Here is the good news for North American PCB shops: PCB sales are up 4.7% so far this year. There is more onshoring than ever, some of it with extreme prejudice since many companies are now adhering to the new ABC (anyone but China) mode of purchasing PCBs. New and innovative products are being produced daily, and these products all need PCBs. This is especially true when it comes to NPI (new product introductions) that require faster and more secure PCB prototyping. The scarcity of components for our customers has also created a new need for quick-turn PCBs.
In short, our business is up. More people want to buy boards domestically and technology levels are rising as well. What could possibly be wrong with this picture?
Now the bad news. Because of COVID, we cannot get enough people to work in our shops. It was true even before pandemic, but it is now worse than ever. We are having shortages ourselves, especially when it comes to special materials. Because of travel restrictions, we cannot get our equipment repaired as quickly as we need to. And (remember the good news?) we are writing more business than ever. The problem is we just can’t keep up.
It is taking longer for us to get out quotes, our delivery dates are slipping, and quality is suffering, which it always does when everything is built in a panic.
And, oh my, the salespeople are loudly wailing in pain. Every Zoom sales meeting I’m on and sales field report I read is filled with the sounds of salespeople whining about having to apologize to their customers and, worse yet, losing business.
I get it; it’s tough out there. But this is the time when every true salesperson has to toughen up; this is the time to show your stuff.
Anyone can sell when things are perfect. But we are not living in an ideal situation, so selling takes a level of skill and understanding that will define your true greatness.
We have all grown accustomed to things running well. Most shops I work with seldom have had a late delivery for the past 10 years. Most of the time, the quality is great and the quotes—well, everyone complains that they always take too long—nothing much has changed there. But the overall performance of the average board shop today is much better than 20 years ago.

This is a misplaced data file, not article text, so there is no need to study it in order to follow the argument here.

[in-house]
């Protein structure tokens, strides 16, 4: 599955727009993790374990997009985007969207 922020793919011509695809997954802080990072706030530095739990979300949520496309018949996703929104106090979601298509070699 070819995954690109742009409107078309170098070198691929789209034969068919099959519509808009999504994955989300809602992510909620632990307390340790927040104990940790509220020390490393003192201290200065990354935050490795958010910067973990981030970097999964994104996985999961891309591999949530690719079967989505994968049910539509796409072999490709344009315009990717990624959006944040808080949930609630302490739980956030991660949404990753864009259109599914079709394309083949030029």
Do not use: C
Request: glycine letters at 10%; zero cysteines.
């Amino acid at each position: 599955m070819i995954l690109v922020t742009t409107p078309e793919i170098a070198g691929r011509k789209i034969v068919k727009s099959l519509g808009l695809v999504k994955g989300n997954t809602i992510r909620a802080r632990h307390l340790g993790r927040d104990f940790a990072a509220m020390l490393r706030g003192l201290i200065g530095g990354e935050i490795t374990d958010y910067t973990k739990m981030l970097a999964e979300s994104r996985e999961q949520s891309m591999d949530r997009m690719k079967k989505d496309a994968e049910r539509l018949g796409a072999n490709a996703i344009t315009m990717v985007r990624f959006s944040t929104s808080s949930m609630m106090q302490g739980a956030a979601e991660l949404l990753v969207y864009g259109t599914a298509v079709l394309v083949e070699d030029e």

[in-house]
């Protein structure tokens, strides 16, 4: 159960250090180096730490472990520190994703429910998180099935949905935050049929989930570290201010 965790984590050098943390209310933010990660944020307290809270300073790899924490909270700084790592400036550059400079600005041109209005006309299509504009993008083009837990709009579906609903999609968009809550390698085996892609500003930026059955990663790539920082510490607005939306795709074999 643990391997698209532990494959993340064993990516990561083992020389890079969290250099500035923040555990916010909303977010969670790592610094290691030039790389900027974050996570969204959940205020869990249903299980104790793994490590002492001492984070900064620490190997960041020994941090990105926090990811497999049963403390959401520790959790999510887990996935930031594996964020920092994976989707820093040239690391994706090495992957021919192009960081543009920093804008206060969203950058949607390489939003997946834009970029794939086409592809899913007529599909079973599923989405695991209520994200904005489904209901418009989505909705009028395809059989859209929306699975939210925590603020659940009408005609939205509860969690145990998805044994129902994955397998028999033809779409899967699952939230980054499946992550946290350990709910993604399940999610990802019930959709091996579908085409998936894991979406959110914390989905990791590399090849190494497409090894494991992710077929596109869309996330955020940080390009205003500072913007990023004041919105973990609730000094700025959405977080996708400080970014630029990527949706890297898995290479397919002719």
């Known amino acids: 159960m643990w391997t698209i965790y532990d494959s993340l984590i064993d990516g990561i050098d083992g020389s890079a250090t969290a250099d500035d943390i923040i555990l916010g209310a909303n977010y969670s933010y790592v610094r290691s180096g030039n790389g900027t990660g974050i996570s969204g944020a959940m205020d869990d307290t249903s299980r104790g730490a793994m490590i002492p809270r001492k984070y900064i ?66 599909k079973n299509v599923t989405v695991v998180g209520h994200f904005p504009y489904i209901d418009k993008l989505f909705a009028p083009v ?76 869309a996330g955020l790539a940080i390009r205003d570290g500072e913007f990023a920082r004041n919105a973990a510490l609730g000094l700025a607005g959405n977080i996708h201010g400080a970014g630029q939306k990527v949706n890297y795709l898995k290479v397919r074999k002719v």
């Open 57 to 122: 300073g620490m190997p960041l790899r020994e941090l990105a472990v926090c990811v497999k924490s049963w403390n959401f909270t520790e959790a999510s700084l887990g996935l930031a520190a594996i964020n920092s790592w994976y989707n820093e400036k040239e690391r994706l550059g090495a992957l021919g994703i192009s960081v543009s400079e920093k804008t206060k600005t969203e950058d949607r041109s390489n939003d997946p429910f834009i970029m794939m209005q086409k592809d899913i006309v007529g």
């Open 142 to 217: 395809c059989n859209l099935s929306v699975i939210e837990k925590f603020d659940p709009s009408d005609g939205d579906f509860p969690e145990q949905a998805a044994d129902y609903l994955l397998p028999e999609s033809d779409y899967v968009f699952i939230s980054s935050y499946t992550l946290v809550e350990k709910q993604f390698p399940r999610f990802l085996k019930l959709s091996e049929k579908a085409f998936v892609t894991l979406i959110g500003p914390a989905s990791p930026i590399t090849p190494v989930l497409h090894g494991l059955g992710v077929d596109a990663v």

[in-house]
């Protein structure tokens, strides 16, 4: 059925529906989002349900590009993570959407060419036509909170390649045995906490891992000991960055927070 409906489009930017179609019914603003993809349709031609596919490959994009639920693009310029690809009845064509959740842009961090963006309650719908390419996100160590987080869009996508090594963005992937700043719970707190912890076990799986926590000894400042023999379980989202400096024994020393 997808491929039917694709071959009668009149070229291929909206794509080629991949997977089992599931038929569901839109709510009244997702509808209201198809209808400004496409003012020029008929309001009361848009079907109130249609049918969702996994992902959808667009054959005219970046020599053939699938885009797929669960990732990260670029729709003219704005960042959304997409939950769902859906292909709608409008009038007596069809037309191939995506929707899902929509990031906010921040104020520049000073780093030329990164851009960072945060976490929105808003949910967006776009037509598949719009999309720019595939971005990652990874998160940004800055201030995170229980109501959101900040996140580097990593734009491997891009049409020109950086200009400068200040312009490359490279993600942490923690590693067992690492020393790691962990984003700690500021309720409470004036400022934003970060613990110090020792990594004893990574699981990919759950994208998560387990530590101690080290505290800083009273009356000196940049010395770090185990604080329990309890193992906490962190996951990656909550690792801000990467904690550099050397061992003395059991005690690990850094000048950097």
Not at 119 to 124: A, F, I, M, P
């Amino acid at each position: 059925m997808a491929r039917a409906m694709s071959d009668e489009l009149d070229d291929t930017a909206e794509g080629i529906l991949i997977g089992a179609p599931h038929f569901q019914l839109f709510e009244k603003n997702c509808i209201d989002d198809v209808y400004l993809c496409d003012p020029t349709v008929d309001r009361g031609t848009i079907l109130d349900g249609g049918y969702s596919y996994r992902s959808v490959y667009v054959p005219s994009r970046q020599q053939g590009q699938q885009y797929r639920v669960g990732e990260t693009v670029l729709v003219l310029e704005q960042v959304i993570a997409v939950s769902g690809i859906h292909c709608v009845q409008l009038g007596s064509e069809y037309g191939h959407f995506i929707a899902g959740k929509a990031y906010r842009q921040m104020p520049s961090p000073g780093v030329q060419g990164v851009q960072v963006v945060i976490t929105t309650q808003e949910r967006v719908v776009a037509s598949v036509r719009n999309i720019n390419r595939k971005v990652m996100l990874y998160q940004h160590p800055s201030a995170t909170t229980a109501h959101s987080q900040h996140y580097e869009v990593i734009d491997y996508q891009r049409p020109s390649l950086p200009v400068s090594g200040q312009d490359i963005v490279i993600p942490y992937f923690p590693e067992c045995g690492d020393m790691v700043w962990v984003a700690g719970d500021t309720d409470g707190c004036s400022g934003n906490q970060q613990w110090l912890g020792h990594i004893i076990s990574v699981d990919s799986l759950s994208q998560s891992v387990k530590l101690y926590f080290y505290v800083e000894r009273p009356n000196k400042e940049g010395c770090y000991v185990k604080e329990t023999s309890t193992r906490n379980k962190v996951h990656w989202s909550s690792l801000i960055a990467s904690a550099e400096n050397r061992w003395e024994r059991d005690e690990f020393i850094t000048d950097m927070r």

But let me take you back to the days of yesteryear, the days when delivery performances were so bad that we lived with catch-back schedules, milestone charts, and visits from irate customers who would move into our shops for days at a time as we worked on their boards. I remember when I was working for a shop that had no plating line for two months (long story). Mind you, this was a Rockwell shop building “mission critical” boards for little programs from Minuteman to Viking to the Shuttle. More than once I was hit in the face with a crumpled up, unacceptable catch-back schedule. Oh, those were the days!
Now in today’s pandemic world, salespeople are faced with some of these same challenges. Since I’ve “been there, done that,” I would like to share a few tools to better handle the situation.
- Stop whining. Give your “ops” folks an honest and unemotional update of the situation with each of your customers—but skip the drama.
- Don’t tell them how to run their business. They know they are late, and they are working on it; they don’t need suggestions for you. You just need to do your job.
- Keep your customers happy by keeping them abreast of the situation at all times. Work closely with those customers so they know what is going on and when they can expect things to get better.
- Be the heatsink for your company. When things are really bad, customers need somebody to complain to. Sometimes they need to vent, sometimes they just need a live butt to kick; make sure you’re there to offer them yours when that happens.
- Honestly try to take the load off of the shop. Instead of negotiating price, your job now is to negotiate lead times. The better lead times (by that I mean longer lead times), the more you will be helping your company.
- Always tell the truth, even if and when it hurts. In the end it is better to take your bumps and tell the truth than to dance around the truth about when the boards will be delivered, which can cause the customer all kinds of pain and agony in the long run. Think of the customer bringing in people on the weekend to work on the boards when they arrive Saturday morning. This is what you promised, but in your heart of hearts you knew it was never going to happen. Ouch, now that is painful and a most negatively unforgettable and unforgivable situation.
- Finally, never, never, never throw your company under the bus when talking to your customers. Your job is to put your company in the best light possible. Never degrade the home team when explaining to your customers why they will not get their boards on time.
In the end, your number one priority as a salesperson is to keep as many customers as possible. You are literally the front line of defense for your company. The better you are at doing this, the more successful you will be.
And remember, this is the ideal time to develop your reputation as a upstanding straight shooter with your customers. Anytime you prove to your customers that they can rely on you during the hard times is an opportunity to cement that customer relationship for life.
It’s only common sense.
Dan Beaulieu is president of D.B. Management Group.